For those of you who haven’t watched AMC’s “The Walking Dead” before: shame on you, you’re missing high-quality programming and one of the best shows on TV.
You can repent of your TV-viewing sins this weekend as AMC broadcasts each of the series’ 19 episodes to date—with a break during the Saturday-Sunday overnight hours—beginning July 7 at 9:30 a.m. in Provo.
In a move seemingly aimed at fans of “The Walking Dead” comic book series—upon which the show is based—the network will unveil a black-and-white version of the series’ first episode on Sunday night at 8 p.m.
Then again, the black-and-white episode might also be intended to attract fans of the 1968 classic, “Night of the Living Dead.”
Talking About “Walking”
Before the black-and-white revamp, a new episode of the series’ wrap-up talk show—“Talking Dead”—broadcasts on July 8 at 7 p.m. and will include guest panelist Drew Carey.
“Talking Dead” episodes include “Walking Dead” crew members and celebrity guests that are fans of the show. Past guests include Jon Heder, Patton Oswalt and Alice Cooper.
If you’re pumped about Season 3 after the marathon—and I’m betting you will be—a sneak peek at the upcoming season will be shown during the “Talking Dead” broadcast.
Not enough? Try this on for size: segments filmed on the Season 3 set of “The Walking Dead” featuring Chris Hardwick—host of “Talking Dead”—will be shown between episodes during the marathon.
What’s So Special?
I grew up on zombie movies and came to the realization that by the late 1980s, the genre had become tiresome and predictable. Because of this, I was not very excited when “The Walking Dead” premiered on Halloween night in 2010.
However, from the moment the series opened with a dramatic scene involving Rick Grimes, one of the show’s main characters, and an undead little girl toting a teddy bear, I was hooked.
I was further enthralled by another of the premiere’s scenes in which Rick awakes in a hospital bed unaware that the zombie apocalypse had commenced while he was in a coma.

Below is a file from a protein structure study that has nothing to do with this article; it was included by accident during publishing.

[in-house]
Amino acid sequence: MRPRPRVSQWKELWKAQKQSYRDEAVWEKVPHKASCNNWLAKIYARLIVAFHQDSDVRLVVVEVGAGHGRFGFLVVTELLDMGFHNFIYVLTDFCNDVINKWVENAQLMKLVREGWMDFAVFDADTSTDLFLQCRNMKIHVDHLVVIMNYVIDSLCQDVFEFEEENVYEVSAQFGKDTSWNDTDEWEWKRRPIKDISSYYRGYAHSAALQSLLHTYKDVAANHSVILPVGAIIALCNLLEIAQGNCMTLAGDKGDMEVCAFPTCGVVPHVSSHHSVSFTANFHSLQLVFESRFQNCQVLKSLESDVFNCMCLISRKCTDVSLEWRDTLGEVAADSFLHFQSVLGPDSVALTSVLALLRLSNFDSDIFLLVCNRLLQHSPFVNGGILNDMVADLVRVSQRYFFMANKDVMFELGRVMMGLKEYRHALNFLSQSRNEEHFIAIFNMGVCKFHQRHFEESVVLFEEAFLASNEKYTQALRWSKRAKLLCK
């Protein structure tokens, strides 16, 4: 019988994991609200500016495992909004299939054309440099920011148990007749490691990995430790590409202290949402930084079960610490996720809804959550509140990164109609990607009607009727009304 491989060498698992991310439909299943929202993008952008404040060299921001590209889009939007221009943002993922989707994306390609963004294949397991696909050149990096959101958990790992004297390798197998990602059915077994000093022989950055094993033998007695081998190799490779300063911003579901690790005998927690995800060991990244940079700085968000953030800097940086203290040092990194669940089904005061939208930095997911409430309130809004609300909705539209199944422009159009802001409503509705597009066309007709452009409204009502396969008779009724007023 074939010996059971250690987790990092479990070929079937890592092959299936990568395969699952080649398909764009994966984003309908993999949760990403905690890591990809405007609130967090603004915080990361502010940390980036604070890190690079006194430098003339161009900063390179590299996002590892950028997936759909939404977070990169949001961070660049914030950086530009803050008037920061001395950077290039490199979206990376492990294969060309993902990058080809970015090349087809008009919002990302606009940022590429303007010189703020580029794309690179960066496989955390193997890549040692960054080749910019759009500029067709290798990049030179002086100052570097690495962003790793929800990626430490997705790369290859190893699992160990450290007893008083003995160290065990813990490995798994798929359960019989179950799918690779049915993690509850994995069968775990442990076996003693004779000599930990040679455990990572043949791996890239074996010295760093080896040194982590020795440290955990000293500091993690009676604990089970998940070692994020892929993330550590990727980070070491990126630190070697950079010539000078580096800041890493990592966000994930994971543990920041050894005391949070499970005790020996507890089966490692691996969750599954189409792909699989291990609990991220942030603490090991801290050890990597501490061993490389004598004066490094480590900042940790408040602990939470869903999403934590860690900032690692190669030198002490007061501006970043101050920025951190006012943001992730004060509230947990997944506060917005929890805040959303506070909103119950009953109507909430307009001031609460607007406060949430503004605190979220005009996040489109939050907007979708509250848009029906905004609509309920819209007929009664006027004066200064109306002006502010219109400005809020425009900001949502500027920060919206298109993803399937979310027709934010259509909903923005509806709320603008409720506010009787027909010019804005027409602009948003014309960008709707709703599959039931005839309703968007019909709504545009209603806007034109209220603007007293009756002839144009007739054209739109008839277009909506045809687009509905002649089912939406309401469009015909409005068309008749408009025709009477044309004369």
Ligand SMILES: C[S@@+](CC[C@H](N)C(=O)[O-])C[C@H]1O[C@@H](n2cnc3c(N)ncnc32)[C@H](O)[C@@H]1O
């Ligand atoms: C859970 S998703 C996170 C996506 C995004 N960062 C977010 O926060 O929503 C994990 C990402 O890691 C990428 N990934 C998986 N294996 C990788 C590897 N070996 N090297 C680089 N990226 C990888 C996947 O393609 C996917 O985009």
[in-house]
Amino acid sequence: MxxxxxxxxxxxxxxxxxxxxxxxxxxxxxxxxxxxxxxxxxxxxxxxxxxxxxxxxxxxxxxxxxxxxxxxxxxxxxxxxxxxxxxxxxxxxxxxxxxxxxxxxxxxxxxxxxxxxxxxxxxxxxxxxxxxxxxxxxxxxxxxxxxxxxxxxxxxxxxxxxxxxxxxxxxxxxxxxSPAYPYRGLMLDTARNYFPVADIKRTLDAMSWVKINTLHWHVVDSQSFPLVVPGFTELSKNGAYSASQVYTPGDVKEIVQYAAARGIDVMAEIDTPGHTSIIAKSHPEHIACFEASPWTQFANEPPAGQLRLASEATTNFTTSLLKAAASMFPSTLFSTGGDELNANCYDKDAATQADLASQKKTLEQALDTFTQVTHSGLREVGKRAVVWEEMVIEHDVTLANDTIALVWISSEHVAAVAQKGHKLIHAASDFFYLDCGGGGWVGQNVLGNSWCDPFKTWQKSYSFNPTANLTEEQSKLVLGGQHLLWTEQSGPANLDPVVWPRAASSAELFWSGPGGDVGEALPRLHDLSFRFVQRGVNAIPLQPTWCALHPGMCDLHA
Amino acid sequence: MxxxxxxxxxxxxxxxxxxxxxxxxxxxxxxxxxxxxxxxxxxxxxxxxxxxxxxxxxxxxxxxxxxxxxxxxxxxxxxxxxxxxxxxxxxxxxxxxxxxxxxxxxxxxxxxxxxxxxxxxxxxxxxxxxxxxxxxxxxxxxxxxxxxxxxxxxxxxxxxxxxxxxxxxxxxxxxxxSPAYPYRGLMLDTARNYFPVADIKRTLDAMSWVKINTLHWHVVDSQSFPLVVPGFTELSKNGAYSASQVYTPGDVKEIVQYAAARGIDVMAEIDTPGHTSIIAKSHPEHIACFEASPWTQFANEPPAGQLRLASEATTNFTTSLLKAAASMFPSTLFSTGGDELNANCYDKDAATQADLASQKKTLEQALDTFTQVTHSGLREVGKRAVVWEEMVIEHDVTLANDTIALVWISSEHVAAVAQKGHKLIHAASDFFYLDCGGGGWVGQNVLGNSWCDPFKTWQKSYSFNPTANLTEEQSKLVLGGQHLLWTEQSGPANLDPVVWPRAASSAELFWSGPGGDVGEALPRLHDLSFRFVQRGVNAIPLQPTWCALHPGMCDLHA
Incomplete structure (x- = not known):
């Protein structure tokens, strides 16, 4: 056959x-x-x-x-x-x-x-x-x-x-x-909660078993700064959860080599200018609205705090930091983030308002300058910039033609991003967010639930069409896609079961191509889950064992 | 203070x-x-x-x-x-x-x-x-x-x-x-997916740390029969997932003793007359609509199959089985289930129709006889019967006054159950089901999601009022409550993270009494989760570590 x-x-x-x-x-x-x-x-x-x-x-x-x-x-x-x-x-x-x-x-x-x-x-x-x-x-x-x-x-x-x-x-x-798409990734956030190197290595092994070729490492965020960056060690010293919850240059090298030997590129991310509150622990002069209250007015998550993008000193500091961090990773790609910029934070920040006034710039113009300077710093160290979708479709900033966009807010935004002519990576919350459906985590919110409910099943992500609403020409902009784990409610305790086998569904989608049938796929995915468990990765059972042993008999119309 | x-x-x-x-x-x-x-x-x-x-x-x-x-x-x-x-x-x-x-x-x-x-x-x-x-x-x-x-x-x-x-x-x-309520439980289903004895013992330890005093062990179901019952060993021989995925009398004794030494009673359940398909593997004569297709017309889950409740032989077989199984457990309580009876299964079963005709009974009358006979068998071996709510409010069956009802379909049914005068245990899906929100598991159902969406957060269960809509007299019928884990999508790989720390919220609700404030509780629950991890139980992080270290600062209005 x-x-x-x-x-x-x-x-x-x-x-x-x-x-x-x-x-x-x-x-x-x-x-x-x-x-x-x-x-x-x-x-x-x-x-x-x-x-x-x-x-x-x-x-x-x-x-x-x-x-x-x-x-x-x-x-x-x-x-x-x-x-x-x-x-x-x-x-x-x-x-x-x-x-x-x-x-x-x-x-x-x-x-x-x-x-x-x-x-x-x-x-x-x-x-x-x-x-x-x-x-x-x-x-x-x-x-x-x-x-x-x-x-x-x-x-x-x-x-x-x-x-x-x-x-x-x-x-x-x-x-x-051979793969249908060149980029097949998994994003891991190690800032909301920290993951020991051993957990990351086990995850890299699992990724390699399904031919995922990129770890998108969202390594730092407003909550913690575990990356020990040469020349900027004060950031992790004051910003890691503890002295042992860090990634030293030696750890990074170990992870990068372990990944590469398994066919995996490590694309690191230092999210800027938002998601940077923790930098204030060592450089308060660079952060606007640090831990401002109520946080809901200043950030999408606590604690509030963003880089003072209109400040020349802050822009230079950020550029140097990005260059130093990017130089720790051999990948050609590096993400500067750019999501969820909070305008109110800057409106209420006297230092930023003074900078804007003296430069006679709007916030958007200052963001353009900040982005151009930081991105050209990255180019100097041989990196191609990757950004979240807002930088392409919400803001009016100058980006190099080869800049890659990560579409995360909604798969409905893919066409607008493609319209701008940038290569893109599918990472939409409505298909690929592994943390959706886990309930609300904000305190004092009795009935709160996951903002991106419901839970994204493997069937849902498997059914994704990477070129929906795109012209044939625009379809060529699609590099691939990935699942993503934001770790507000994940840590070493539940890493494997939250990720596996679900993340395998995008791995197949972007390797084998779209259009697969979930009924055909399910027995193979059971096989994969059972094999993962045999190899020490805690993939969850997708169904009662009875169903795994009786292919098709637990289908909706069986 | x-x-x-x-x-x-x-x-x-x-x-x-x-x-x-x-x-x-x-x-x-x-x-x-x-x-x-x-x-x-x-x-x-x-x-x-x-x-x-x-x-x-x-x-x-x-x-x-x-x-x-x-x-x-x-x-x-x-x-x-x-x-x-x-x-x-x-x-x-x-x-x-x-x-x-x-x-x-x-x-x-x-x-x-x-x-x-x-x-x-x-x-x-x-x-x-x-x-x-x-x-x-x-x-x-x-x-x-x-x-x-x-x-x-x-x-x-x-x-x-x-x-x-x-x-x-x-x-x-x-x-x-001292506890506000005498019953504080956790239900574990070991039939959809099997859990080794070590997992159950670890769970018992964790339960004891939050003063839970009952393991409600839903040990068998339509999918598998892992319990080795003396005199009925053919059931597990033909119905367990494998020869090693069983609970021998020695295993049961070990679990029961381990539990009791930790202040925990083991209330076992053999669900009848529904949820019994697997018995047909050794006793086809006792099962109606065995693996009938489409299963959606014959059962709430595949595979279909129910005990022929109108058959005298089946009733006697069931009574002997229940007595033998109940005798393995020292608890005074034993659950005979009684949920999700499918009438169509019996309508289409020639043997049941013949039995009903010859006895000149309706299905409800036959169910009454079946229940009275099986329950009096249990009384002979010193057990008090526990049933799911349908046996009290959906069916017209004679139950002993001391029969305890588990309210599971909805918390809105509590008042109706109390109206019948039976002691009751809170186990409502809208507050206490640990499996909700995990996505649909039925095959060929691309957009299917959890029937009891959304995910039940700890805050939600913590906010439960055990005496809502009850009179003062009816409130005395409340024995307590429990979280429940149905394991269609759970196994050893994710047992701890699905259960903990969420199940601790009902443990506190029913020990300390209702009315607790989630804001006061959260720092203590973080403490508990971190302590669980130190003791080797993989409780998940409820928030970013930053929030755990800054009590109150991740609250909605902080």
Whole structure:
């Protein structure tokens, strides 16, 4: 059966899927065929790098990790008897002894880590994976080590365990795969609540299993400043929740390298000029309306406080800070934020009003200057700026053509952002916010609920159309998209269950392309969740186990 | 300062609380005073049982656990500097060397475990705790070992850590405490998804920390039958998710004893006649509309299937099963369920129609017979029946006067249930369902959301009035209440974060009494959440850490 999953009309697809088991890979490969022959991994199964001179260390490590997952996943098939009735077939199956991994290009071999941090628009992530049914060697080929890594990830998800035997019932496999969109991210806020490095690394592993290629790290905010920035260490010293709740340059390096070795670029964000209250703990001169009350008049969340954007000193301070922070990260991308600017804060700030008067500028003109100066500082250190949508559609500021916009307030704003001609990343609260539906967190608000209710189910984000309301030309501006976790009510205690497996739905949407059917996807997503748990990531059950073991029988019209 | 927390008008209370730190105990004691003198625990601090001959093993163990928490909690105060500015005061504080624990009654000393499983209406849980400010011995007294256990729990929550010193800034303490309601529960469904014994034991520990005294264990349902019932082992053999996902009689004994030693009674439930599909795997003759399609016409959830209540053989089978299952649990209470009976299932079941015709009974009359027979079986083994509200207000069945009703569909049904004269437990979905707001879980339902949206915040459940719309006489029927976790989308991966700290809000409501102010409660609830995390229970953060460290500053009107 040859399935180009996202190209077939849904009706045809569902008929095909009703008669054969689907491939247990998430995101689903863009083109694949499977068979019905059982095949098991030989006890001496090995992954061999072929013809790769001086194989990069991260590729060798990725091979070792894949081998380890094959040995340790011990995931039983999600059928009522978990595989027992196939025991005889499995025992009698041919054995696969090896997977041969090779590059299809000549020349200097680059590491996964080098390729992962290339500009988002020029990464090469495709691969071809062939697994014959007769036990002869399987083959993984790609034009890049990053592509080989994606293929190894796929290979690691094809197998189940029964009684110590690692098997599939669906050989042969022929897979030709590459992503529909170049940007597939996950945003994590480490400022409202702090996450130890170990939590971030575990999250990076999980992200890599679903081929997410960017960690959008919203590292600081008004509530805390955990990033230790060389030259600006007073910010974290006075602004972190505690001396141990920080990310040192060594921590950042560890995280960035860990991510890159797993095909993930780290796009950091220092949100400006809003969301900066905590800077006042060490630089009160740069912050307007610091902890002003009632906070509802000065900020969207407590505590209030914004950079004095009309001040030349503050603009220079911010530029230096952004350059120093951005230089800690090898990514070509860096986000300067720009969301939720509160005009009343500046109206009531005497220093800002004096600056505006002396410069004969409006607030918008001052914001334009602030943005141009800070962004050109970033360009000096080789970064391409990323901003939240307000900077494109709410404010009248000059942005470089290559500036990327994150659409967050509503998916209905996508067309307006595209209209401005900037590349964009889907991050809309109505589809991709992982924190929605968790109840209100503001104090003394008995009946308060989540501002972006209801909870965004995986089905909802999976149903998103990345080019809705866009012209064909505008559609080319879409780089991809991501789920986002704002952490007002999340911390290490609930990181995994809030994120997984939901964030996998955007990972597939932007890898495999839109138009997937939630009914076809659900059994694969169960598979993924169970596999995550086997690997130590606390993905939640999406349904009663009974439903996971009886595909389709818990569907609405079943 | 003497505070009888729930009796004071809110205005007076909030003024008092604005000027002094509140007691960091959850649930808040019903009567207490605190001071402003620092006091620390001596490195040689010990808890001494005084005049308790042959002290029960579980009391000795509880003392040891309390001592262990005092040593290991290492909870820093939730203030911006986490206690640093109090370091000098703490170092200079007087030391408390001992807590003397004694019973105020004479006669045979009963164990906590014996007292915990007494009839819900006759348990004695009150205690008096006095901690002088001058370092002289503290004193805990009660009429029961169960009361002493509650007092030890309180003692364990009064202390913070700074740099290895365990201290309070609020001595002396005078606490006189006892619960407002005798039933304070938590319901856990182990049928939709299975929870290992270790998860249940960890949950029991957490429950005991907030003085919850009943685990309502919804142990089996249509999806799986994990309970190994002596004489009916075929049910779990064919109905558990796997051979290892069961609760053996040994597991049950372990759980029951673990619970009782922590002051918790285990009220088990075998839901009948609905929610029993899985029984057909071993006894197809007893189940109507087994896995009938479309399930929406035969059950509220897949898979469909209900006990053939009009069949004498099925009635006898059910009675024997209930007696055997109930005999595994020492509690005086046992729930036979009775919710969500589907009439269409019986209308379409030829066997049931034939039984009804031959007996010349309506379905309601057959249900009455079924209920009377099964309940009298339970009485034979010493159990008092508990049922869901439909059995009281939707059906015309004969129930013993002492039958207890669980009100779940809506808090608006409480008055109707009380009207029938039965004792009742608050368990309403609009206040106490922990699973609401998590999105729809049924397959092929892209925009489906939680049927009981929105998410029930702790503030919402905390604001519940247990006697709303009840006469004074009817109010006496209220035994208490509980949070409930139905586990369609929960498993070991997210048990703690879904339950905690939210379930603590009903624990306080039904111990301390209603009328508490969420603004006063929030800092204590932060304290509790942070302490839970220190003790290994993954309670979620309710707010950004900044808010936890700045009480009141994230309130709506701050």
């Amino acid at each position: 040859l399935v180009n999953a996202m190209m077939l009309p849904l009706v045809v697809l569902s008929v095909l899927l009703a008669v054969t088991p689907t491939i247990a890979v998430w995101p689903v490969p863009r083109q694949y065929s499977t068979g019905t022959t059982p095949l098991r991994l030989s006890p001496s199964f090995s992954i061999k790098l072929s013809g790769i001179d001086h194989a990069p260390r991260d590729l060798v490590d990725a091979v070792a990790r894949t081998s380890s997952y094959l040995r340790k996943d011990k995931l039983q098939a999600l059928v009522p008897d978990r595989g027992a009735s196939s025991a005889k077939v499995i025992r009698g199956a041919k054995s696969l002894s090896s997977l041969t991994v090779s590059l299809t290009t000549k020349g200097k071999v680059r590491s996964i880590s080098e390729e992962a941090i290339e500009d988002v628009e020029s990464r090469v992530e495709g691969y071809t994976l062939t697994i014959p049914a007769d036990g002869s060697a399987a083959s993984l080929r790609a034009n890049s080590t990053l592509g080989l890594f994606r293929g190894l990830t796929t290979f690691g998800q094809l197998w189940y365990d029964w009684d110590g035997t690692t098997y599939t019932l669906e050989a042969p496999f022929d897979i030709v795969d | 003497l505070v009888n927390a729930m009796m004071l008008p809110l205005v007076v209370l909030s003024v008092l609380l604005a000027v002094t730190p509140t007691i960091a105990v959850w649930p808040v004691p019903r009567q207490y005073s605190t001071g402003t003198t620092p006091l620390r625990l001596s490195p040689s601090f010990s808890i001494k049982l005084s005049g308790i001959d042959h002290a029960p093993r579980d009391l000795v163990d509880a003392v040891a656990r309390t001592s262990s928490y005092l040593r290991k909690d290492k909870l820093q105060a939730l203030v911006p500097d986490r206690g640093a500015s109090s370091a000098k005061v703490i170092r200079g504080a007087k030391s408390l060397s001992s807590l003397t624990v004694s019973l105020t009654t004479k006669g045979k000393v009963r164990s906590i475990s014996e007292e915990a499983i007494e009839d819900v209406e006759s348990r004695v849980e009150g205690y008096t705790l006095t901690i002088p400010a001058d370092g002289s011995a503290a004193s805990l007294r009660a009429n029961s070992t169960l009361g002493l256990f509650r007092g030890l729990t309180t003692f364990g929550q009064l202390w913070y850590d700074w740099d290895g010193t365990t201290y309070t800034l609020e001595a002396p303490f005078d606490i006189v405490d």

As the story unfolded, it became evident that what I was witnessing was a reinvention of the zombie genre I’ve known since childhood.
As a youngster, the thrill of the undead feasting on the living was enough for me, I didn’t care about the zombies’ or victims’ background, I just wanted more of the undead!
As I’ve grown older, however, I’ve come to embrace the beauty of character-driven drama, an exquisiteness that “The Walking Dead” delivers in copious amounts—though not always in aesthetically-pleasing packages.
Don’t get me wrong, “The Walking Dead” delivers plenty of undead-on-living violence and gruesomeness to keep those who expect such things from zombie entertainment happy. However, the show also gives depth to its characters and the nightmarish world in which they live.
Not only is “The Walking Dead” storytelling at its finest, its actors also deliver the goods in a way that keeps viewers fully invested.
You will come to empathize and care for the living as they struggle to find their place in a world inhabited by the non-living.
If you’re new to “The Walking Dead,” there’s one piece of advice I’d like to give you—expect the unexpected.
And, in case you’re wondering, the show’s title refers to the non-zombies in the show, not the living dead.
Just a little tidbit I picked up from watching “Talking Dead.”
Although AMC hasn’t announced an official premiere date for Season 3 of “The Walking Dead,” word is it will hit the airwaves sometime in October, which makes this weekend’s “Dead-a-thon” just what Hershel ordered.
Who’s Hershel? Just watch, you’ll figure it out.
Follow me on Twitter